Barron's Recap: Here Come the Millennials
This weekend in Barron's online: the impending impact on the economy and Wall Street of the Millennial generation, and the prospects for Boeing's Dreamliner, the Dell buyout, Hanesbrands and Ecolab.
"On the Rise" by Jacqueline Doherty.
The so-called Millennials, those who have reached adulthood since 2000, are poised to start spending, and that is good news for the economy and stocks, says the article.
Evidence suggests that Millennials are not the slackers often portrayed by the media and popular culture. Once they begin marrying, starting families and moving into their high-earning years, their influence could rival that of their baby-boom parents. Housing, autos, retail and financial services could be among the first to see their influence.
Also known as Generation Y, they are about 27 percent of the U.S. population and already account for more than a trillion dollars, or about a fifth, of annual consumer spending.
The article discusses the possible impact this generation, the most media savvy and interconnected one yet, could have on the economy and society, as well as on Wall Street. What will this mean for the likes of Ford (NYSE: F), Abercrombie & Fitch (NYSE: ANF), Citigroup (NYSE: C) and home builders such as Lennar (NYSE: LEN) and Toll Brothers (NYSE: TOL)?
The article also includes a timeline of events that have shaped the worldview of Millennials, from Harry Potter and the iPod to 9/11 and the Great Recession. There is also a sidebar that shows how Millennials stack up against previous generations, and their effect on the markets.
In "Will Boeing's Battery Fix Fly?" Jonathan R. Laing suggests that though the 787 Dreamliner has received FAA clearance to resume flying, some experts are not convinced that Boeing (NYSE: BA) has done enough to reduce the risks of its lithium batteries.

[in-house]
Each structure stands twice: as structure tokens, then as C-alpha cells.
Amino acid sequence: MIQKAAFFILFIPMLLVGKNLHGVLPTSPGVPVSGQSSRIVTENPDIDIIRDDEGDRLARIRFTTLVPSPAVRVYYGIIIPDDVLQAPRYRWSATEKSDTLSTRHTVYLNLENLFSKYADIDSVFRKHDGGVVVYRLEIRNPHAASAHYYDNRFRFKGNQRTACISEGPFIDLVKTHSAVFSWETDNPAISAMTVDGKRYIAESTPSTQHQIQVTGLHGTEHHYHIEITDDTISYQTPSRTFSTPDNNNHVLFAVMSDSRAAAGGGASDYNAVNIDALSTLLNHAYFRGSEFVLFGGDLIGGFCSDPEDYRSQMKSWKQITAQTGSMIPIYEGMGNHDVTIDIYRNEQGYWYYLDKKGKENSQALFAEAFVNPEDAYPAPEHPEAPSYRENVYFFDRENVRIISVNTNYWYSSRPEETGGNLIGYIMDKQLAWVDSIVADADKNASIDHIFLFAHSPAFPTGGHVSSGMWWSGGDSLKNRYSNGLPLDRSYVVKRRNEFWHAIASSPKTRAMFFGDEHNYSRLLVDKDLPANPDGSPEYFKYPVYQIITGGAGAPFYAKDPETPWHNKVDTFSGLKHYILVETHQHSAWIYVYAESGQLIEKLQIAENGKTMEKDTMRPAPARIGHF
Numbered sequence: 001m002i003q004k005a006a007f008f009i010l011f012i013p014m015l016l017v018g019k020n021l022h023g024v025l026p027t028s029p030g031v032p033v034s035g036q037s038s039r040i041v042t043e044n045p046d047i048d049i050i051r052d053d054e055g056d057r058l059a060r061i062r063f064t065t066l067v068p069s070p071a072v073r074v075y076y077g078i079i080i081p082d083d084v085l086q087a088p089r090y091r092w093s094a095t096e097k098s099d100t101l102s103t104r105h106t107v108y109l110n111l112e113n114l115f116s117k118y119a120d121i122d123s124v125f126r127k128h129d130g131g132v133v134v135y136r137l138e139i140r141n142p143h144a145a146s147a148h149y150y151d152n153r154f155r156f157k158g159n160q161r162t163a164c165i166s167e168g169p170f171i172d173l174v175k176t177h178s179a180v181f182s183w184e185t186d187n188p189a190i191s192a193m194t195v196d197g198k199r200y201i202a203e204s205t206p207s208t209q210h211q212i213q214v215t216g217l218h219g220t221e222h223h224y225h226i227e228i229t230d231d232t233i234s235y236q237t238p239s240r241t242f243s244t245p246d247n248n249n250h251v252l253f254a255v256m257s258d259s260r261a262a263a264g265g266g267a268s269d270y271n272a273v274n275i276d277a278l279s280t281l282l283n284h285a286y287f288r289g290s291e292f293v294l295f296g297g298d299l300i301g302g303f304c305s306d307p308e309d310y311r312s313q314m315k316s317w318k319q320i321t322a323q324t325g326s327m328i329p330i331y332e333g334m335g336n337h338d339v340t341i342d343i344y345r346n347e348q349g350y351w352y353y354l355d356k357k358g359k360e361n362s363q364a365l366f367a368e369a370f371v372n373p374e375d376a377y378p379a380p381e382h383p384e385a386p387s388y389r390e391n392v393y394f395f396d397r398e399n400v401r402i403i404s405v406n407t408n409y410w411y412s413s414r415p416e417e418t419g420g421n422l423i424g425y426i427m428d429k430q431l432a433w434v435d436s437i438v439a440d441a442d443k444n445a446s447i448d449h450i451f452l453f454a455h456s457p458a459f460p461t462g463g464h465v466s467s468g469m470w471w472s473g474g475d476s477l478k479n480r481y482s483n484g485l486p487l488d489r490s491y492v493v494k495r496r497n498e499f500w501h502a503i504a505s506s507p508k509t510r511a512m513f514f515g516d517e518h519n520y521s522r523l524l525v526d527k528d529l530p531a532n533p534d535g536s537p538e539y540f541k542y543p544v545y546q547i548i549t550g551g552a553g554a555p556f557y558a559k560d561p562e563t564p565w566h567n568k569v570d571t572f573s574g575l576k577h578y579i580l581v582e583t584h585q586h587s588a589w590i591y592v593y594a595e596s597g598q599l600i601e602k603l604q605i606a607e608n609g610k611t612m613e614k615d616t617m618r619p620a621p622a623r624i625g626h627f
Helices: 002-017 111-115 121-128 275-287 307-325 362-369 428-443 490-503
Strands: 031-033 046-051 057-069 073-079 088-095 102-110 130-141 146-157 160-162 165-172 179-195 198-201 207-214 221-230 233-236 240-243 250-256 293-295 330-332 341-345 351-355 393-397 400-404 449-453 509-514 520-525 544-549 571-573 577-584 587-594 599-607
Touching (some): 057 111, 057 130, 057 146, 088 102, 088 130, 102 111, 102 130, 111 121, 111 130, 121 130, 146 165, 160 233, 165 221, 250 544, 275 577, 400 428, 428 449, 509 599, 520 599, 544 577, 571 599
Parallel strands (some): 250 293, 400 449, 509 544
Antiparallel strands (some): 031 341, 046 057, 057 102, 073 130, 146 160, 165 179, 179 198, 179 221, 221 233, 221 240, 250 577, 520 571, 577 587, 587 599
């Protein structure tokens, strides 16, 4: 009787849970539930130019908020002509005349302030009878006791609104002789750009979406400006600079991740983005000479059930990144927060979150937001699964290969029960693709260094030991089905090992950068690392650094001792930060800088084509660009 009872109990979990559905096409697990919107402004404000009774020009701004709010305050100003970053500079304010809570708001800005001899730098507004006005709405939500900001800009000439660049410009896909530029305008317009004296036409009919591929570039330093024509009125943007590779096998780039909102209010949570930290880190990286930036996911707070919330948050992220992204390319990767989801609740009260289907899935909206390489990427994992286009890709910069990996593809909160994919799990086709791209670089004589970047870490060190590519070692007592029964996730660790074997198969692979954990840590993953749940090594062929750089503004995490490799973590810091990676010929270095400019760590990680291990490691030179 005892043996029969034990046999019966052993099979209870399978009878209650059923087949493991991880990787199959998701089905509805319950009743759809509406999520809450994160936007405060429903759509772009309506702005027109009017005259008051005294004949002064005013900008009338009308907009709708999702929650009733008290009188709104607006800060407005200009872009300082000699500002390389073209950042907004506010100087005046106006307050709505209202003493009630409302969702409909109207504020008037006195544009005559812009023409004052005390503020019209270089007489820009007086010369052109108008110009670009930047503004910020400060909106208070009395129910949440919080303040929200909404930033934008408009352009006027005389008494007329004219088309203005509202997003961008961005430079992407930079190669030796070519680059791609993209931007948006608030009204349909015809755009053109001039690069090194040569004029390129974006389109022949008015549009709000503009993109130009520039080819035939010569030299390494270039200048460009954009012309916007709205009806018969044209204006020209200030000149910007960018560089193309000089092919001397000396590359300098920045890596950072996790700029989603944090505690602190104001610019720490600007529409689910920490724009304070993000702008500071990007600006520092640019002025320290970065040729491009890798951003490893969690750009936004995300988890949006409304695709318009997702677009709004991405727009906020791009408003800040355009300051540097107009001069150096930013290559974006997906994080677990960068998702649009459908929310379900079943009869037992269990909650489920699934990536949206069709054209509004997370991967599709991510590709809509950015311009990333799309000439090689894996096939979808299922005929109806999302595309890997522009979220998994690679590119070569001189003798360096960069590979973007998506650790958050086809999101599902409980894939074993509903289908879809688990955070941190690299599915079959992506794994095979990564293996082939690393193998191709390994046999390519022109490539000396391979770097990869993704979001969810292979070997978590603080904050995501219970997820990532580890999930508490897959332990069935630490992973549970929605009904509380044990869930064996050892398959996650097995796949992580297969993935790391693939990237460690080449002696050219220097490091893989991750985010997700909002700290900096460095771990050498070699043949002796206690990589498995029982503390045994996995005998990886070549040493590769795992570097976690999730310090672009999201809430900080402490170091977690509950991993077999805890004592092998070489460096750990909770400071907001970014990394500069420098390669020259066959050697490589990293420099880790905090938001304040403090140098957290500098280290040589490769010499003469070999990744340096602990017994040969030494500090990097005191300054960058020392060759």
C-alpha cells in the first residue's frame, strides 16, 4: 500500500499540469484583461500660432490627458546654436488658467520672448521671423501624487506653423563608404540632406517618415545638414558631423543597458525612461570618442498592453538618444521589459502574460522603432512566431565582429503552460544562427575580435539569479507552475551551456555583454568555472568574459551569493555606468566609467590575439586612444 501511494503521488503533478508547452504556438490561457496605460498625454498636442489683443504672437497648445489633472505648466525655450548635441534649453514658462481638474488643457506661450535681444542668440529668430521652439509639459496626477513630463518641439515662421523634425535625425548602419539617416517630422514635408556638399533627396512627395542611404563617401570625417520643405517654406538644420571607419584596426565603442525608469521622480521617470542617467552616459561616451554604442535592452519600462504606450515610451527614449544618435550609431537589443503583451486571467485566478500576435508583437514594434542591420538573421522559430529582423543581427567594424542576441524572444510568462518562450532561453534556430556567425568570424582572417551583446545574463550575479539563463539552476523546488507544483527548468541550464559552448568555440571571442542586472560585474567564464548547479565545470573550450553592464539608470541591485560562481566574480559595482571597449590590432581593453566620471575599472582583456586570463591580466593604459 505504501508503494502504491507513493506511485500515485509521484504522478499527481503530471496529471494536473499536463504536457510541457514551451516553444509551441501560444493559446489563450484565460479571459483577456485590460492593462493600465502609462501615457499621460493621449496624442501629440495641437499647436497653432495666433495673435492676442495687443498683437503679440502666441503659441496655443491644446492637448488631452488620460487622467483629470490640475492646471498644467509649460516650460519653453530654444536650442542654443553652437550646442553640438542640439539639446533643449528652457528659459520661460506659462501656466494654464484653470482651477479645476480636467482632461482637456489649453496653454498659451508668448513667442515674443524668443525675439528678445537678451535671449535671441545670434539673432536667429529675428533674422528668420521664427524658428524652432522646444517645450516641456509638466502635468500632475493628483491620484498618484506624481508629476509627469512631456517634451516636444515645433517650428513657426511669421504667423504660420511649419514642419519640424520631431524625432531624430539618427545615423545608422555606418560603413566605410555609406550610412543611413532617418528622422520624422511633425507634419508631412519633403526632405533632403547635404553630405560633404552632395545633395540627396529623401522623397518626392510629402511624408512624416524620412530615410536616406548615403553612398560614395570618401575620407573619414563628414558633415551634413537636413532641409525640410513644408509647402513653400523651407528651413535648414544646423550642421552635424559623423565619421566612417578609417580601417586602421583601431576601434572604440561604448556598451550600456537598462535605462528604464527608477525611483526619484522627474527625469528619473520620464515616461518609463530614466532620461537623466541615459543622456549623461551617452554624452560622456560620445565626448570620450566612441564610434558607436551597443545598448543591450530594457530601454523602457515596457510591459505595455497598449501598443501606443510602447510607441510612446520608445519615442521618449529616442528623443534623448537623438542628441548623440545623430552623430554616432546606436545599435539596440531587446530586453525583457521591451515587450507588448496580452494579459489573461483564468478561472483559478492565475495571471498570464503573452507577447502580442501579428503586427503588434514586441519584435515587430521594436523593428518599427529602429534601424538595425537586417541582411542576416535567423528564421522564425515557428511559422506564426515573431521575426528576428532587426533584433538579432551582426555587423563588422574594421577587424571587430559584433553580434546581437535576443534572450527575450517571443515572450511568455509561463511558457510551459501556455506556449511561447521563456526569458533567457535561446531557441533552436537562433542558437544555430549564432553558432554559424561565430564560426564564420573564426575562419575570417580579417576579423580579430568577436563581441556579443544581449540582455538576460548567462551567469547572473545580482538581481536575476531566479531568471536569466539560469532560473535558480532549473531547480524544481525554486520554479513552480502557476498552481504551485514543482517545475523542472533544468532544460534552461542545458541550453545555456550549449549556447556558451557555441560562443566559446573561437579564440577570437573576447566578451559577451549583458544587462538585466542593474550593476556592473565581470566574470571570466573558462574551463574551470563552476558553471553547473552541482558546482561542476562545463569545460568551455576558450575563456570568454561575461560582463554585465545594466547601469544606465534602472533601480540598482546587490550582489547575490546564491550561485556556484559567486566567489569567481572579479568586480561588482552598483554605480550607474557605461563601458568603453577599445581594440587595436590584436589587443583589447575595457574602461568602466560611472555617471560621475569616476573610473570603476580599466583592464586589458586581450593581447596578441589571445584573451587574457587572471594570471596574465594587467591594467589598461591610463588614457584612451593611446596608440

"Dell: Now What?" by Andrew Bary explains why shares of Dell (NASDAQ: DELL) are still attractive, despite Blackstone's (NYSE: BX) decision not to pursue a bid to buy out the PC maker, which was a setback for investors.
Jack Hough's "With Hanesbrands, You're Covered" predicts that, with support from its new products and lower costs, shares of famed underwear maker Hanesbrands (NYSE: HBI) could be boosted by as much as 20 percent.
A pair of recent acquisitions has made Ecolab (NYSE: ECL) a top provider of water-treatment services used in energy extraction, says "Cleaning Up on Fracking's Dirty Water" by Leslie P. Norton. The article shares why the stock could still go 20 percent or more higher.
In Bill Alpert's "Underwater," the focus is on state-run Brazilian waste management company Sabesp. As the South American nation clamps down on tariff increases for utilities, the company faces the prospect of having too little capital to meet its goals, as well as investors' expectations.
"Postcrisis Manager" by Erin E. Arvedlund is a profile of 400 Capital founder Chris Hentemann, who sees a whole new set of opportunities as the mortgage crisis winds down. Hentemann also offers the lowdown on a "new security alternative to Fannies and Freddies."
Tiernan Ray's "A Tech Seer's View of the Future" features an interview with Paul Wick, who is portfolio manager of the Columbia Seligman Communications & Information fund. Wick is an enthusiastic investor in the tech sector.
Mike Brown of Dynasty Financial Partners was spot-on in predicting trouble for gold, says Alexander Eule's "Beyond the Glitter." Brown shares what he recommends now, as well as explains how he is hedging his holdings.
In "Uncle Sam's Property Bazaar," Jim McTague discusses how to find a deal on an island used for animal-disease research, a NASA hangar, 2.7 million feet of underground storage space or other holdings of the U.S. government.
"The Price of Free Speech" is an editorial commentary by Thomas G. Donlan in which he discusses why corporations should not make anonymous political donations.
Columns in this weekend's Barron's discuss:
- Why the economy appears to be slowing despite contrary predictions
- The upside for pharmaceutical and biotech stocks despite recent gains
- The weaker-than-expected first-quarter inflation-adjusted GDP growth rate
- Who is targeting hedge-fund managers that oppose public pension plans
- The surge of investor interest in low-volatility stocks
- What Apple's (NASDAQ: AAPL) buyback and dividend plans offer investors
- The rise of one of the most followed stock-market analysts on the Web
- Dividend hikes from Apple and Exxon Mobil (NYSE: XOM)
- Congress giving the FAA more budget flexibility
- A night in the Lake District of Cumbria
- And a rebound for Layne Christensen (NASDAQ: LAYN)
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